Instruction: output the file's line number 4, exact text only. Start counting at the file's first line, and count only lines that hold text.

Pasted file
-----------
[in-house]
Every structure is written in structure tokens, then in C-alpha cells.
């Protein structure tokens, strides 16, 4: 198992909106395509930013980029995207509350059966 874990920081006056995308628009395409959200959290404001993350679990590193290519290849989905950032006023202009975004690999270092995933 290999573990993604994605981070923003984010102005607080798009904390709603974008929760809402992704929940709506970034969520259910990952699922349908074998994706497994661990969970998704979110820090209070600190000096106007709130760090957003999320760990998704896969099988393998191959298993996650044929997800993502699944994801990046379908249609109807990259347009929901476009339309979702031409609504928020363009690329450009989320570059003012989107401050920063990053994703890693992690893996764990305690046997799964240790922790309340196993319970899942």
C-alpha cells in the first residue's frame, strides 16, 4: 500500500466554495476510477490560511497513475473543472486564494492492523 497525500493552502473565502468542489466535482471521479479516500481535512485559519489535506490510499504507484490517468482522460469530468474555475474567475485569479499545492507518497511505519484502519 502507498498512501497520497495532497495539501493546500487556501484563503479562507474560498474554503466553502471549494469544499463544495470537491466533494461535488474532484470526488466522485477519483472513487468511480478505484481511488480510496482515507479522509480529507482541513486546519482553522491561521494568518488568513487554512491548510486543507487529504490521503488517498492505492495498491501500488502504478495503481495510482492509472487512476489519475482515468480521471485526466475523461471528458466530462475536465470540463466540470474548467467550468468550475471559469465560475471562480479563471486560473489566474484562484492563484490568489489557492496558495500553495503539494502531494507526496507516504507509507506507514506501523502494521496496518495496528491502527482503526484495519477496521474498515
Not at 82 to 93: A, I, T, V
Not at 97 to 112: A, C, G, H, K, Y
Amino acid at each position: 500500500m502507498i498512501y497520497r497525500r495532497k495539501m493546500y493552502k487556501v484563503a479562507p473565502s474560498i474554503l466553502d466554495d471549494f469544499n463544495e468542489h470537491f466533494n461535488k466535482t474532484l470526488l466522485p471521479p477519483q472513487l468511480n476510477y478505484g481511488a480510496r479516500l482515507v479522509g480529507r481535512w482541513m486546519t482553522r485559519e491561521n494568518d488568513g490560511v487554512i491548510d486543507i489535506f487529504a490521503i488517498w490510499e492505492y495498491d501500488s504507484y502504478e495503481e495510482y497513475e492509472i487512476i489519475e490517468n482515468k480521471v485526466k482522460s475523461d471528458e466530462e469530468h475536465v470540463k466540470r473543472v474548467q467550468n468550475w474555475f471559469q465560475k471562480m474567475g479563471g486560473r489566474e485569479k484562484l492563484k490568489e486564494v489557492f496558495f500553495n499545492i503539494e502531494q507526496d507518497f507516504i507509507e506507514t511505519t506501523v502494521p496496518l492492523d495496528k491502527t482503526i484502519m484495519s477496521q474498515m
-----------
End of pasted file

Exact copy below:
C-alpha cells in the first residue's frame, strides 16, 4: 500500500466554495476510477490560511497513475473543472486564494492492523 497525500493552502473565502468542489466535482471521479479516500481535512485559519489535506490510499504507484490517468482522460469530468474555475474567475485569479499545492507518497511505519484502519 502507498498512501497520497495532497495539501493546500487556501484563503479562507474560498474554503466553502471549494469544499463544495470537491466533494461535488474532484470526488466522485477519483472513487468511480478505484481511488480510496482515507479522509480529507482541513486546519482553522491561521494568518488568513487554512491548510486543507487529504490521503488517498492505492495498491501500488502504478495503481495510482492509472487512476489519475482515468480521471485526466475523461471528458466530462475536465470540463466540470474548467467550468468550475471559469465560475471562480479563471486560473489566474484562484492563484490568489489557492496558495500553495503539494502531494507526496507516504507509507506507514506501523502494521496496518495496528491502527482503526484495519477496521474498515